The Red Balcony: A Novel

  • By Jonathan Wilson
  • Schocken
  • 272 pp.

A young Jewish barrister faces turmoil public and private in British Palestine.

The Red Balcony: A Novel

In June 1933, Haim Arlosoroff returned from Germany to British Mandatory Palestine having struck a devil’s bargain with the Nazis. The agreement provided exit visas for 60,000 German Jews. They could take their money out of Germany on one condition: that it be used to purchase German goods for export to Palestine.

This historical agreement was met with outrage on all sides. While Palestinian Arabs opposed the influx of Jewish refugees, Revisionist Zionists considered it an unforgiveable compromise. A few evenings later, Arlosoroff was murdered in Tel Aviv while walking on the beach with his wife. The suspects were two Russian Jews, Abraham Stavsky and Ze’evi Rosenblatt.

Jonathan Wilson’s The Red Balcony opens with this momentous real-life historical event and with the arrival in Palestine of a young Jewish barrister fresh out of Oxford. Ivor Castle has joined the Stavsky-Rosenblatt defense team, headed by Phineas Baron. Ivor’s first assignment is to question a potential witness. She’s a beautiful artist named Tsiona who was seen prior to the murder in a Jerusalem café at the same time as the accused men. When Ivor meets her, he’s instantly compromised: He falls helplessly in love.

On the face of it, The Red Balcony is a high-stakes thriller and a steamy romance with a lot of local color and intrigue. But Wilson has deftly folded the historical facts into his fast-paced narrative. Eventually, it becomes a weightier, more substantial exploration of important ethical questions and the nature of compromise.

You race through a page-turner with excitement; you’re not supposed to care if a few details don’t fit. But unfortunately, some of the ones here brought me up short. For example, the casual way Ivor falls into bed with Tsiona doesn’t seem like 1930s behavior. He’s had very limited sexual experience thus far, yet he’s up to the challenge of this complex, rather contrived bohemian who has both definite political leanings and a live-in lover. Ivor is afraid of annoying or angering her, but he’s almost impervious to the political tensions around him.

In real life, Arlosoroff’s murder created enormous upheaval in Palestine. The atmosphere must have been electric. His funeral was attended by upward of 70,000 mourners. We don’t see enough of this from Ivor’s point of view. There’s a curfew, and shopkeepers must close early because of the tensions. At one point, Ivor finds himself in the middle of a riot, and his companion is injured. But all we hear of the funeral is that “Baron had described to him with some excitement, the river of people that had meandered behind the pallbearers.”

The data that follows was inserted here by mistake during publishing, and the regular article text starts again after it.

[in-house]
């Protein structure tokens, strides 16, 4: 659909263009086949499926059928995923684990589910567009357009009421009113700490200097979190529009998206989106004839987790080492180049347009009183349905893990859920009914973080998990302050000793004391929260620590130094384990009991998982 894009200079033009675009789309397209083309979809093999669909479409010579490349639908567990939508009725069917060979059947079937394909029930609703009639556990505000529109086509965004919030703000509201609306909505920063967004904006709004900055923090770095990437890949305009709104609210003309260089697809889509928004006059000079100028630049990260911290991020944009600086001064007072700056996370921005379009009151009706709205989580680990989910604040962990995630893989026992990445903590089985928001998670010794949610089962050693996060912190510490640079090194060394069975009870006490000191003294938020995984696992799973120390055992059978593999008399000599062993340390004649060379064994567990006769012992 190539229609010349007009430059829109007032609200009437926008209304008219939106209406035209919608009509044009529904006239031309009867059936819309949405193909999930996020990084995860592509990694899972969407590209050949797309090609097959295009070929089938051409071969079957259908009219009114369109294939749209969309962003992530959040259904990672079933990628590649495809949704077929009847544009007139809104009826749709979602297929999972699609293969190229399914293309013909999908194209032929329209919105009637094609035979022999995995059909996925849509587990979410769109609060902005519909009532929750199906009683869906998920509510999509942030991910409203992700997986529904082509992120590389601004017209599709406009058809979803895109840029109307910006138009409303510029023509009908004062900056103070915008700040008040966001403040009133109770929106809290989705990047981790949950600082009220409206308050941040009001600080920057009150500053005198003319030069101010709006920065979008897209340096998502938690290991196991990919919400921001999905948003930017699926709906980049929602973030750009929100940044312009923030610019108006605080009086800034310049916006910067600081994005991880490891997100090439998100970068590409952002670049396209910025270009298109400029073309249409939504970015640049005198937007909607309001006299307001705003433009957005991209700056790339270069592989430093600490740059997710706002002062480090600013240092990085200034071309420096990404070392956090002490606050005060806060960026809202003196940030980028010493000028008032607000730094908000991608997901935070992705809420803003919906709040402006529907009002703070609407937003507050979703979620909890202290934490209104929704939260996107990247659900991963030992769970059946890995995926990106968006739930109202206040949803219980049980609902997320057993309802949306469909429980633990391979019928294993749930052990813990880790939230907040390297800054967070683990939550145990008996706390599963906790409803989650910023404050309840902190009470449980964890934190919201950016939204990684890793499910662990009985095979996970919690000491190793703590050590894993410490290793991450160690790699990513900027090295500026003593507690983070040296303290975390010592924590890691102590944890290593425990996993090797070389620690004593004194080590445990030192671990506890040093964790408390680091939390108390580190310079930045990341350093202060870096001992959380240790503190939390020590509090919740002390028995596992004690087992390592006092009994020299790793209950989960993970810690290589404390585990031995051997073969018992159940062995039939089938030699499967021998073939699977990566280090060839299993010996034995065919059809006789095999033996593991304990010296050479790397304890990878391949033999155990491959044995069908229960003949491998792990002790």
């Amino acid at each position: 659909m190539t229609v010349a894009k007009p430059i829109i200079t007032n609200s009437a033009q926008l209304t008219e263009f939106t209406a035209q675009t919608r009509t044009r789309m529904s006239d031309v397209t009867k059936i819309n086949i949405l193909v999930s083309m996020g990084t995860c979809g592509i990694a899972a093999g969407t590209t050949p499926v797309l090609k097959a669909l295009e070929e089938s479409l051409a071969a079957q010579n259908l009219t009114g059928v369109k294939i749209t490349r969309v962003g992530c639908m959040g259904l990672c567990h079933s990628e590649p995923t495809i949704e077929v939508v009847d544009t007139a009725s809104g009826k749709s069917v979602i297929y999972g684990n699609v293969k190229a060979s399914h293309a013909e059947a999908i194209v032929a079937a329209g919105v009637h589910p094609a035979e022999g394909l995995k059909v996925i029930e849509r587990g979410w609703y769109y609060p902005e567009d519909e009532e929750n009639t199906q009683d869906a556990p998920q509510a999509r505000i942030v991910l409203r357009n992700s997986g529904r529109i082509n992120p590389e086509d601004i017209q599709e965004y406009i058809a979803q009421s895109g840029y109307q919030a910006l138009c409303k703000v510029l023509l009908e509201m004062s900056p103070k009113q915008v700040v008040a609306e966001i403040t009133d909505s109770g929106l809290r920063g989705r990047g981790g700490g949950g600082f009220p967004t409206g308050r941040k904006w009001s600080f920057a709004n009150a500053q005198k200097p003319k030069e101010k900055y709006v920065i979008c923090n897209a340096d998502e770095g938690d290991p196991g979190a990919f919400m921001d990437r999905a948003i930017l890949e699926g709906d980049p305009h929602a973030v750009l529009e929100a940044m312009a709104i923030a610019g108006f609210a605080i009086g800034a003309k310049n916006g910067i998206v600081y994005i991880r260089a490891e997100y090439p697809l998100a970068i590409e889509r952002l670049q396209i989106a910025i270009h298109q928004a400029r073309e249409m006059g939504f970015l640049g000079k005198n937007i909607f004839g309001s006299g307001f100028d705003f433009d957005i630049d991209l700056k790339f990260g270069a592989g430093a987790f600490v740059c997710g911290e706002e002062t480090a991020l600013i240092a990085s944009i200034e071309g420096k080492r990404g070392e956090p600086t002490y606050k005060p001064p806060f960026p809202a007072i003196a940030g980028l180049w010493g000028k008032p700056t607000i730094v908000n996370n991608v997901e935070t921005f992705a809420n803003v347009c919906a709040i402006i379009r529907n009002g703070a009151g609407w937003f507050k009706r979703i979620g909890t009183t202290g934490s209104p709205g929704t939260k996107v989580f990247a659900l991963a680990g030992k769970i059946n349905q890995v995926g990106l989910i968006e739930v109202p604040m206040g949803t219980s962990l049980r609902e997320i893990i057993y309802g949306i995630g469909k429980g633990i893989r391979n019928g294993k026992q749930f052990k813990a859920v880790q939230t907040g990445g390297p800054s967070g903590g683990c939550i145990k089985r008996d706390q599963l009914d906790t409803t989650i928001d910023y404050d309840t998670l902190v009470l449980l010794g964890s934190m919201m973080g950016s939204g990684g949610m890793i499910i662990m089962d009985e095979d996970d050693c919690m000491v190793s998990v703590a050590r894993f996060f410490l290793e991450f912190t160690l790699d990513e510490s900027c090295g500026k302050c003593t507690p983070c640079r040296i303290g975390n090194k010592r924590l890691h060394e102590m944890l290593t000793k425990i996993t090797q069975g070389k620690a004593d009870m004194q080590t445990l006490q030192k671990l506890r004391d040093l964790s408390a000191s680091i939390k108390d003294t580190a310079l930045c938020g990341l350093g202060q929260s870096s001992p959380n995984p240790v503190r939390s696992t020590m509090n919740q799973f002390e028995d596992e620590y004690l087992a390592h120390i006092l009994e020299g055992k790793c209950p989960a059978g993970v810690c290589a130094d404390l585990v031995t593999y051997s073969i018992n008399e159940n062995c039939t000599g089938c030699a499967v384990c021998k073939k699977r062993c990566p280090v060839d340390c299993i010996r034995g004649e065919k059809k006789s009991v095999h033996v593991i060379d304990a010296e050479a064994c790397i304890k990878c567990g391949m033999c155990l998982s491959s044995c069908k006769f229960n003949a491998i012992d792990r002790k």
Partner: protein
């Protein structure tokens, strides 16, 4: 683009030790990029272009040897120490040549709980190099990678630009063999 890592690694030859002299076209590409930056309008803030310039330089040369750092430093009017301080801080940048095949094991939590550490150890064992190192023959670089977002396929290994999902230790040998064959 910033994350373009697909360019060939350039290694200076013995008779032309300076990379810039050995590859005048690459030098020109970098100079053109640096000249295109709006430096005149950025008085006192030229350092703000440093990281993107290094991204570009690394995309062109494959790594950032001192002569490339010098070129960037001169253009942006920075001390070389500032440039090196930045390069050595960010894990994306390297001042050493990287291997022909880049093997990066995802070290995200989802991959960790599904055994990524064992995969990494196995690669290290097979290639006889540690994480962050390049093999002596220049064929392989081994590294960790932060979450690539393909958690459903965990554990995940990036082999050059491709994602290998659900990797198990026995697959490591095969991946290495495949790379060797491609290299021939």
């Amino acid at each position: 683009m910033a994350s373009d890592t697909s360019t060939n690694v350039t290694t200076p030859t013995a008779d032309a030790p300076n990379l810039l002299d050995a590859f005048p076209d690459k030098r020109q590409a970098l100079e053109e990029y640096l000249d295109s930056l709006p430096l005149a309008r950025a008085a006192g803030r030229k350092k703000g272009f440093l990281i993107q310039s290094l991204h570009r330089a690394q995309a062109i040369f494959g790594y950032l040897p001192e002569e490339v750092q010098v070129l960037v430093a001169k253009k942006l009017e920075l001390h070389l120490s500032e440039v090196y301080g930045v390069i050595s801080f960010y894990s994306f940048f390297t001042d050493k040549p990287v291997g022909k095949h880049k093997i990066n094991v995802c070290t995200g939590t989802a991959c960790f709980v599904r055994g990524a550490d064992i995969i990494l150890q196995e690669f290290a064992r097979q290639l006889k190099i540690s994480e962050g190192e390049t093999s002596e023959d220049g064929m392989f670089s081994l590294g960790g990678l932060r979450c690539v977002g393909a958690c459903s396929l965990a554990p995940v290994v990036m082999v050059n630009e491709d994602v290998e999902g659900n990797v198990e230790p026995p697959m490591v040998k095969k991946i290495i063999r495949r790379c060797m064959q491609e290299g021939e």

A few period details are sort of plopped into the narrative. For instance, “the plummy but nonetheless steadfast and reassuring tone of the good old BBC Empire Service on the radio.” Such specifics somehow don’t permeate the story’s mental atmosphere.

Later, a young woman from Baltimore who is in Jerusalem with her parents invites Ivor to sleep on the sofa in her room. She also casually orders a round of drinks in the bar. I get that they’re overseas, but Prohibition didn’t end in the United States until December 1933. This and many other social exchanges seem implausible for the times.

We do read a lot about the heat and the way people dress. Hasidim are “draped in satin their heads crowned with round sable caps”; Tsiona is “in a long skirt and what looked like a man’s checkered shirt with an embroidered jacket over it”; a banker friend from Oxford dresses in “a loose white shirt and white trousers held up with a black belt.”

Halfway through the novel, the tone shifts. The writing becomes more sophisticated and the observations more nuanced. There are fascinating conversations about Jewish immigration from Germany and antisemitism across America and the U.K. We learn how, with the rise of Hitler, some Jewish Londoners put “No German Goods Sold Here” signs in on their storefronts, while other “upstanding members of the [Jewish] community argued that Herr Hitler had no idea quite what the Nazi thugs in his party were up to, and even if he did, the better course was diplomacy, not the antagonism of a boycott.” Later, the newspaper headline “Judea Declares War on Germany” is thought to be “not a call to arms, of course, but a scold, those aggressive Jews at it again.”

But Ivor isn’t attuned to these matters in the beginning. Only later are complex political issues juxtaposed with his personal questions and compromises. Does love make us behave better? Are absolute principles mistaken ones? Are desperate measures good? Or is the middle ground — compromise in all things personal and political — the only sensible path forward?

We learn that Ivor doesn’t feel at home in Palestine, nor does he identify with the Jews there, although he has been the victim of antisemitic remarks himself. Things become a lot more complicated than they seem, and there is always another wrinkle.

It’s as if the middle pages of The Red Balcony were written by a different, more sober Jonathan Wilson. You can’t judge a book by its cover or by its concessions to popular culture — the latter just another compromise in a book about compromises. The dust jacket calls this work “a gripping novel of sex, love and justice.” It’s actually a much more serious and considered book in disguise.

Amanda Holmes Duffy, author of the novel I Know Where I Am When I’m Falling, is a book-club facilitator for Fairfax County Public Library and hosts the weekly podcast Read Me a Poem for the American Scholar.

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